His colleague James Gerhart, PhD, a clinical psychologist at Rush, is also involved in education of medical providers. “Everyone says we need to treat the whole patient. Of course it’s important, but okay, how do you actually do that in your practice? The first thing is to empower clinicians to say: I hear you. You’re in pain. I want to help you.”
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The patient evaluation is itself an intervention—an opportunity to really hear patients, validate their symptoms and address their fears, he says. “If somebody is in pain, I also want to know about their sleep, about their level of functioning.” He encourages rheumatologists to be attentive and curious about these issues. Standardized screening tools should be integrated into the electronic medical record. He also encourages a warm hand-off to the pain psychologist with as much specific information as possible.
An Interdisciplinary Approach
Dr. Fillingim says the conversation about psychosocial pain care could be broadened to include advancing interdisciplinary care overall for pain. That goal is supported in the federal government’s 2016 National Pain Strategy, which endorsed comprehensive, interdisciplinary pain care delivered by integrated, patient-centered teams using a disease management model.5 “That means patients are getting all of the treatments that could benefit them, coordinated across disciplines,” he says. “We’re talking about psychosocial interventions designed to improve outcome, including quality of life and functional status.”
Unfortunately, when the doctor doesn’t have time to conduct a psychosocial intervention, it can be easier to just write a prescription for opioids Dr. O’Mahony says. “Paradoxically, insurance companies will pay for these medications that can have limited benefit and significant risk, but they won’t pay for proven psychosocial interventions,” or they charge prohibitively high copays.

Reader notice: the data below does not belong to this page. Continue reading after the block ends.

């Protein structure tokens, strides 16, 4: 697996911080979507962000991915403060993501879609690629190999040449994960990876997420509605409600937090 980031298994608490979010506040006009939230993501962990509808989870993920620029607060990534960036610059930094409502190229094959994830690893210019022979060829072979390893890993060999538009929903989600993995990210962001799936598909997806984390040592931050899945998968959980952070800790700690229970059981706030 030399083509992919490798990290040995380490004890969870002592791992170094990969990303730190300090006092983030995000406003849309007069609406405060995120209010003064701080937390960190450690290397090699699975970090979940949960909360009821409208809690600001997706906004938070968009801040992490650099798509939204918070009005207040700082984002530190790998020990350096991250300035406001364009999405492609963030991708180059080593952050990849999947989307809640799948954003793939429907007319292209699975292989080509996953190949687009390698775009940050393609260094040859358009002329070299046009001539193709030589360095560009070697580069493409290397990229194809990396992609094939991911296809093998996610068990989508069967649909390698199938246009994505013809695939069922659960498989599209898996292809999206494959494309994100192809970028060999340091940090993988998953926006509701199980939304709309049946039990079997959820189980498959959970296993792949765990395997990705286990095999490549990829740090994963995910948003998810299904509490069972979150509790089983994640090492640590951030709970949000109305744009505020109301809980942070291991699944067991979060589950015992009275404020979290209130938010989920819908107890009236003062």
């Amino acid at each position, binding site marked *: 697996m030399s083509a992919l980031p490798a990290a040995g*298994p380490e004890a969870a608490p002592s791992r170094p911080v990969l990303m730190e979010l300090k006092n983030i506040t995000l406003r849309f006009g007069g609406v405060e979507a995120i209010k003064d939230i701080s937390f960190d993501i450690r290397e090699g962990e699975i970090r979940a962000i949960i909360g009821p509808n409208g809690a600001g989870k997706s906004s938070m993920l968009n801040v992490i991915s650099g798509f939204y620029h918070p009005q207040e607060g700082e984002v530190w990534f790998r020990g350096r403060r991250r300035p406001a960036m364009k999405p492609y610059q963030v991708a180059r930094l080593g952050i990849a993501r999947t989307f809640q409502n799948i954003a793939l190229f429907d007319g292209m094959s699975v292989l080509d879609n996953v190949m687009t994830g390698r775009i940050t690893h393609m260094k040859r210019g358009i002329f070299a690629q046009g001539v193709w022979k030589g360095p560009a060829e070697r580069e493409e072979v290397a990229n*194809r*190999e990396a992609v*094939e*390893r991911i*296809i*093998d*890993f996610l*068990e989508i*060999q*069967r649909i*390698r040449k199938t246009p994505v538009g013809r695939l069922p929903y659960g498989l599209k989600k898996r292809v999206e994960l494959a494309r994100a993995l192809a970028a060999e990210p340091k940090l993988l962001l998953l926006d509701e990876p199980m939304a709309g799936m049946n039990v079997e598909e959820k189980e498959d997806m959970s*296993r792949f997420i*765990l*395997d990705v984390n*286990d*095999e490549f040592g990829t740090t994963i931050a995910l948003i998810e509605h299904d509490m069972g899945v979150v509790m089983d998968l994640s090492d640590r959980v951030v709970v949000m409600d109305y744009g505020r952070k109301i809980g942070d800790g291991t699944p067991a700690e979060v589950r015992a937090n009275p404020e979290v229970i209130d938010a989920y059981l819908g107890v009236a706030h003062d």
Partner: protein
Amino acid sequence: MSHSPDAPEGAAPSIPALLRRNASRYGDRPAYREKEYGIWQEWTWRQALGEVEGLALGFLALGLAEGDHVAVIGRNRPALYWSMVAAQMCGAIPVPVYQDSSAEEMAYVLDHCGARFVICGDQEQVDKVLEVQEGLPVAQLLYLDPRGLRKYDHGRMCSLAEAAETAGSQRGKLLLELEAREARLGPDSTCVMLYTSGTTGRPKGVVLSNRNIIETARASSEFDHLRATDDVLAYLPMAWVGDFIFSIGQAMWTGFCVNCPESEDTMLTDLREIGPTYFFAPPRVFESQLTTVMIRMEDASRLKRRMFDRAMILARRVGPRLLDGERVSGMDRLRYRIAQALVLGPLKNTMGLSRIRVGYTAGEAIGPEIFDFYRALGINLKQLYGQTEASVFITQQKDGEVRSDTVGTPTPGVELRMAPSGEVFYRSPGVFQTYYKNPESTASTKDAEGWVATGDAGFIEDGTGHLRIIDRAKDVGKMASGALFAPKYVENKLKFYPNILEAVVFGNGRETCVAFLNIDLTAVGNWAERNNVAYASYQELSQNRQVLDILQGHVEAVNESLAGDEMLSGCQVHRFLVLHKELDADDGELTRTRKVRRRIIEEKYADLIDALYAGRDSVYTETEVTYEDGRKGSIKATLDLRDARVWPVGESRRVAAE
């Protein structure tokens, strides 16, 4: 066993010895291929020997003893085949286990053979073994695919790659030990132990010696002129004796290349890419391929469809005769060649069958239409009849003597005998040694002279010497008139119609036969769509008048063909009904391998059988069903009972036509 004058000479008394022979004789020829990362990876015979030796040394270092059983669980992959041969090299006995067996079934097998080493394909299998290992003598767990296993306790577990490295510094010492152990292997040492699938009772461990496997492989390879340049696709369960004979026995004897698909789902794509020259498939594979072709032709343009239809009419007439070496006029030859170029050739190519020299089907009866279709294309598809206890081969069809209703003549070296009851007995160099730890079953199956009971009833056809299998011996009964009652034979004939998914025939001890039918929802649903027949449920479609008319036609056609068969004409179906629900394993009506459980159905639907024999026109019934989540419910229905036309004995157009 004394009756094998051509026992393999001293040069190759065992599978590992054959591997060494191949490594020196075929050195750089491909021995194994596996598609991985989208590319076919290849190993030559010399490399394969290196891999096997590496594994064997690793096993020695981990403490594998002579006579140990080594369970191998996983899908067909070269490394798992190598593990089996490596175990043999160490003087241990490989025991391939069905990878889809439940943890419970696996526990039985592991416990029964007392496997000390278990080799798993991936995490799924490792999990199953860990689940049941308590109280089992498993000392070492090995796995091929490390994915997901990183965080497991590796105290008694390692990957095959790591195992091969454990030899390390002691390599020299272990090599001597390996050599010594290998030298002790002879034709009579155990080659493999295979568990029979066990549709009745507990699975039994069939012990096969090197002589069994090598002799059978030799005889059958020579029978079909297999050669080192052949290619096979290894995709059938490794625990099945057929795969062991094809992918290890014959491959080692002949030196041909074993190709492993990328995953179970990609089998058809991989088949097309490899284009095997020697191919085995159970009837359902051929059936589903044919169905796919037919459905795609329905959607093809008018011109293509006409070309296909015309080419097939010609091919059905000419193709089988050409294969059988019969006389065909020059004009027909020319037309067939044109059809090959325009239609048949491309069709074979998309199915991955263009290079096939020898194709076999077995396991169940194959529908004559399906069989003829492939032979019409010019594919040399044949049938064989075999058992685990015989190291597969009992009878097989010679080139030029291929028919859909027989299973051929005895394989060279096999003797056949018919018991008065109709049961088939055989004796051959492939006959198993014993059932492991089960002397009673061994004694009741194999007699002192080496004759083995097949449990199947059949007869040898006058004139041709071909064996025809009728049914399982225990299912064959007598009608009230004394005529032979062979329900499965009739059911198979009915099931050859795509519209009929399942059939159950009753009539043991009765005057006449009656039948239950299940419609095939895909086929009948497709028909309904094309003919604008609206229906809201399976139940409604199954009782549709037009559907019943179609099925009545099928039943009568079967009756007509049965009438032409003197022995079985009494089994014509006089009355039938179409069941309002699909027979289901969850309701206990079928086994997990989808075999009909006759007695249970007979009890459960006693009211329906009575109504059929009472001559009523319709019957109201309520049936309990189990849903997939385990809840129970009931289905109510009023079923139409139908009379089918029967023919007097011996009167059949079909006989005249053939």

Larry Beresford is a freelance medical journalist in Oakland, Calif.
- Janke EA, Cheatle M, Keefe FJ, et al. Society of Behavioral Medicine (SBM) position statement: Improving access to psychosocial care for individuals with persistent pain: Supporting the National Pain Strategy’s call for interdisciplinary pain care. Transl Behav Med. 2018 Mar 1;8(2):305–308.
- Sharpe L. Psychosocial management of chronic pain in patients with rheumatoid arthritis: Challenges and solutions. J Pain Res. 2016 Mar 14;9:137–146.
- Majeed MH, Sudak DM. Cognitive behavioral therapy for chronic pain—One therapeutic approach for the opioid epidemic. J Psychiatr Pract. 2017 Nov;23(6):409–414.
- Li LW, Harris RE, Tsodikov A, et al. Self-acupressure for older adults with symptomatic knee osteoarthritis: A randomized controlled trial. Arthritis Care Res (Hoboken). 2018 Feb;70(2):221–229.
- National Institutes of Health. National Pain Strategy: A Comprehensive Population Health-Level Strategy for Pain. 2016.